​​​​Neuropathy (sometimes called peripheral neuropathy) happens when nerves are not able to send or receive information. Neuropathy can happen during or shortly after receiving a treatment. It can last a few days or it can last longer than a year. Sometimes, damage to your nerves can happen months or years after treatment.

Neuropathy can cause symptoms such as:

  • Tingling
  • Burning
  • Weakness or numbness in your hands or feet
  • Loss of sensation of touch
  • Loss of balance or trouble walking



Sometimes chemotherapy medicine (and other health problems) can cause neuropathy. With chemotherapy, neuropathy is more likely to happen when you get higher doses. It is also more likely to happen if you get more than 1 dose.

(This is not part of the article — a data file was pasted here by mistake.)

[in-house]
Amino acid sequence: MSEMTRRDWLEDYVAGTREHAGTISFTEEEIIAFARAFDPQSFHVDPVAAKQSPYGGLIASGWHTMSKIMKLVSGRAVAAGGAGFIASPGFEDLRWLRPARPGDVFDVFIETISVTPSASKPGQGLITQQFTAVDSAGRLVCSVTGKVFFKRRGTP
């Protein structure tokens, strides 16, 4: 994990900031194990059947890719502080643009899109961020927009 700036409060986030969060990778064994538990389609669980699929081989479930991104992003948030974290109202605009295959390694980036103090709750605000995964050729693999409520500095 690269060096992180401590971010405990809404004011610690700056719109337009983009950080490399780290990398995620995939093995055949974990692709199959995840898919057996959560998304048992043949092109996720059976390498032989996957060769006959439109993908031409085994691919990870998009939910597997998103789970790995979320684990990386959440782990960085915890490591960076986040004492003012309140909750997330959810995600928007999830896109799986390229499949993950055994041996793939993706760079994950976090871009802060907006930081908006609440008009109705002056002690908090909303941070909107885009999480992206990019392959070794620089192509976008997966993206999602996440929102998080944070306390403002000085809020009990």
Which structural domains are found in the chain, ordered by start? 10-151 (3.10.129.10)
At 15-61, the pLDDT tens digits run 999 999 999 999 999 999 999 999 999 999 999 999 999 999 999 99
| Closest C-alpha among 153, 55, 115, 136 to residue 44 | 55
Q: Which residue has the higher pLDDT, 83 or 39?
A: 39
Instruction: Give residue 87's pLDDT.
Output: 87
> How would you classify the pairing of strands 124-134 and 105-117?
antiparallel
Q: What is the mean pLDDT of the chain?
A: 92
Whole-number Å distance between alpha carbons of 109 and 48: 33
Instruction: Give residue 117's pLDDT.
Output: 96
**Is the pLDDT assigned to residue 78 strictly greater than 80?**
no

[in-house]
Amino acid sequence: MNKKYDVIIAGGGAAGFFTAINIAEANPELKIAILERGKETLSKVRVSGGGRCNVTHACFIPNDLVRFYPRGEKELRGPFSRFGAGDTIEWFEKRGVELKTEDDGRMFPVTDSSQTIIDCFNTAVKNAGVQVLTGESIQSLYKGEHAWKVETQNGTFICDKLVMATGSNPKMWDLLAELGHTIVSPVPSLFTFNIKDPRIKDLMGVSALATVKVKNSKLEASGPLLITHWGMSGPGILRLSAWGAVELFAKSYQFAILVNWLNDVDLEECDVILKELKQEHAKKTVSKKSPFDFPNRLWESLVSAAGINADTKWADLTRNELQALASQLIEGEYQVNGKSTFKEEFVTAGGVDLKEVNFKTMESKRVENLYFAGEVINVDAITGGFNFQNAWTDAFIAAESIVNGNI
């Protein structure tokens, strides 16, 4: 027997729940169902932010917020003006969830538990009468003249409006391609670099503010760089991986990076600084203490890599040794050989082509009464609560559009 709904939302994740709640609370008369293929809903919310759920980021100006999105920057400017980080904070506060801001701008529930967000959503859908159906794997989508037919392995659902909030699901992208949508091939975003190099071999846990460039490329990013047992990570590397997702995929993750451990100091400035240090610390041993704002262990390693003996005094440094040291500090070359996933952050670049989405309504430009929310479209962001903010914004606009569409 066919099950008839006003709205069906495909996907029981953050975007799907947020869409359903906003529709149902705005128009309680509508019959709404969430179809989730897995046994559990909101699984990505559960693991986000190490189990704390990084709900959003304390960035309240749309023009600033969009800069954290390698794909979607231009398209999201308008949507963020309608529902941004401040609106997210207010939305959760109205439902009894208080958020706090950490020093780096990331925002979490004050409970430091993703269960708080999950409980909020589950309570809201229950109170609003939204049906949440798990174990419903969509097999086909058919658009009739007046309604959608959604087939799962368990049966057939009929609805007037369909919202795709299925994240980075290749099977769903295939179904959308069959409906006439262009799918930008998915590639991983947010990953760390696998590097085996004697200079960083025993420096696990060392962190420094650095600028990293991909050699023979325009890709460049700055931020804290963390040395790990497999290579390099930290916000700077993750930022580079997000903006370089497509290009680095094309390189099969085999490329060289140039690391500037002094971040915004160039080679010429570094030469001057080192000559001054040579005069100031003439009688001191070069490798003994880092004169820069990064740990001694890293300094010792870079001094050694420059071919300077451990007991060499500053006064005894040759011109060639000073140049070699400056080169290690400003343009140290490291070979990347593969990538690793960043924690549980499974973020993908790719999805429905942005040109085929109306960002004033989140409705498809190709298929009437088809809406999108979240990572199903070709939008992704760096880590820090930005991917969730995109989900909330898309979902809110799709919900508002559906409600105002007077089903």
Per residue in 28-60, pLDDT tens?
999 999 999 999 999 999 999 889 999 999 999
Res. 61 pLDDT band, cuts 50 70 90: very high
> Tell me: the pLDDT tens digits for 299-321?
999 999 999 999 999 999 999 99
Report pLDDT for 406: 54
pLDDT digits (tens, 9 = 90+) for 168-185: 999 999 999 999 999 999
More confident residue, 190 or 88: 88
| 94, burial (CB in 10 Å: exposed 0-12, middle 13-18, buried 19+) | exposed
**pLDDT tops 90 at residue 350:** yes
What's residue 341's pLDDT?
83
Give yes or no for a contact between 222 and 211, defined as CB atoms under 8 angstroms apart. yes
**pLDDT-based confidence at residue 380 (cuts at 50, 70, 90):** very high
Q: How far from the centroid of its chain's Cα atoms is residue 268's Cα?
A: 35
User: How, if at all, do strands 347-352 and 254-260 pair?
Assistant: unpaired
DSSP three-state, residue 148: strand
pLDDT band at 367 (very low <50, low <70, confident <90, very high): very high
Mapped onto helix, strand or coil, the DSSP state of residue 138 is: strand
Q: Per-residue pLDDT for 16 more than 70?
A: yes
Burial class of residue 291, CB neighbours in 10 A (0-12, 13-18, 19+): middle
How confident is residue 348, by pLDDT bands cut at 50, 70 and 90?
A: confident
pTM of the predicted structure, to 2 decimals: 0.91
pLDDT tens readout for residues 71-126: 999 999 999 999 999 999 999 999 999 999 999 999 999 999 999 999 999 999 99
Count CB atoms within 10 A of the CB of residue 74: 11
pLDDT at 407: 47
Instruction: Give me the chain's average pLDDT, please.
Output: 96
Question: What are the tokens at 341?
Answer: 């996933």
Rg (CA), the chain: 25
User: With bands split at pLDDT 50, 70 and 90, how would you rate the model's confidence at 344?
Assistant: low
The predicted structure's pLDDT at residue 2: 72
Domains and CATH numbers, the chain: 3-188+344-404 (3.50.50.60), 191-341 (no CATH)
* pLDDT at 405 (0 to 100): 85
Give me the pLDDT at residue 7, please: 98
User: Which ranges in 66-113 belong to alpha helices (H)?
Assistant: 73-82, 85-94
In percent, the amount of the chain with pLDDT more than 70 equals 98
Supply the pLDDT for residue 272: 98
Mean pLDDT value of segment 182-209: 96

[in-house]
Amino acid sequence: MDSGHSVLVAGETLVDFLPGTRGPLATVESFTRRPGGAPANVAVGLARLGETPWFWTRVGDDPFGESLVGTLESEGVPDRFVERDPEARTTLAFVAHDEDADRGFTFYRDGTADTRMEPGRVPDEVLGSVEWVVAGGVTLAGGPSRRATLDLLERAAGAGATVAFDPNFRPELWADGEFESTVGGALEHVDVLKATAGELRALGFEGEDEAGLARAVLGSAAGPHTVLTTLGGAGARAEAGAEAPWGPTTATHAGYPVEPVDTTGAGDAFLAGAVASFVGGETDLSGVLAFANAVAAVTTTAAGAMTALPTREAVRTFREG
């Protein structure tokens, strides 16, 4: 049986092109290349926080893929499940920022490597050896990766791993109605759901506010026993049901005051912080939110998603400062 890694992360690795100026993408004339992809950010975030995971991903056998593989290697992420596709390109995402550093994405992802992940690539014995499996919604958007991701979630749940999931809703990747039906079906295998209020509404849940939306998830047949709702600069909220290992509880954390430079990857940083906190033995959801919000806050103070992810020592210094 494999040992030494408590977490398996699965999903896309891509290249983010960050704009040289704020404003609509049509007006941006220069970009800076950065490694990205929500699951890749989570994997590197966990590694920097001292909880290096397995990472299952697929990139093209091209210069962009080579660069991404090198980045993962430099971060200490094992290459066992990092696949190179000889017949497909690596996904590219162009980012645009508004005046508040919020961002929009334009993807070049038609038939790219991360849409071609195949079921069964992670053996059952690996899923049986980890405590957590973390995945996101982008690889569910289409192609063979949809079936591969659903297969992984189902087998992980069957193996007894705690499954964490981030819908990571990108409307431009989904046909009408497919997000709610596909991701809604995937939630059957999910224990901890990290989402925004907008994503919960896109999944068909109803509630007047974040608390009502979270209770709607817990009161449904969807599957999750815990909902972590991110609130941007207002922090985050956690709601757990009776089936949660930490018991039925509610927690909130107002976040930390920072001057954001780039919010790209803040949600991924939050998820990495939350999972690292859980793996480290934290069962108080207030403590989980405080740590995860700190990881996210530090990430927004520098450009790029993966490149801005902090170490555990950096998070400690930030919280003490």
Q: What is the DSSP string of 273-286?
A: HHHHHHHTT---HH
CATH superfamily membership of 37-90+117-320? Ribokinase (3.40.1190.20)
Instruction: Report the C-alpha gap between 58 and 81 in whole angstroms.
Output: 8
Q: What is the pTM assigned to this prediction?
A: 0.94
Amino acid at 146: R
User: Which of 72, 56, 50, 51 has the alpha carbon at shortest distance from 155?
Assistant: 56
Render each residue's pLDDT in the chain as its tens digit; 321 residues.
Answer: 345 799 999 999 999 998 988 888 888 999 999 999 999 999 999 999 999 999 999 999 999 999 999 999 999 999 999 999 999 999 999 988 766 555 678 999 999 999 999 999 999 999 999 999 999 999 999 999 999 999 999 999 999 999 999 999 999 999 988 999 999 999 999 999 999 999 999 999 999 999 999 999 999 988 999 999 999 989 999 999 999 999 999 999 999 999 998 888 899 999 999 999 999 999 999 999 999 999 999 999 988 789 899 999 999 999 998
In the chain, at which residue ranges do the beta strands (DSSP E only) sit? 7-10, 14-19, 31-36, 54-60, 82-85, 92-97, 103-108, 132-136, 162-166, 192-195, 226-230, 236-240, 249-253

What you can do

Tell your doctor if you notice any signs or symptoms of neuropathy. Write down the signs you noticed and when they started. Bring this list to your appointment. 


More information

  • Perry MC. The Chemotherapy Source Book. 4th edition. 2007. Lippincott Williams and Wilkins. 
  • Wickham R. Chemotherapy-Induced Peripheral Neuropathy: A Review and Implications for Oncology Nursing Practice. Clinical Journal of Oncology Nursing. 2007. Volume 11(3)361-376. 
  • Neuropathy (National Cancer Institute) [opens in new window]


Last reviewed: 1/4/2018
Last modified: 11/1/2023 6:31 AM
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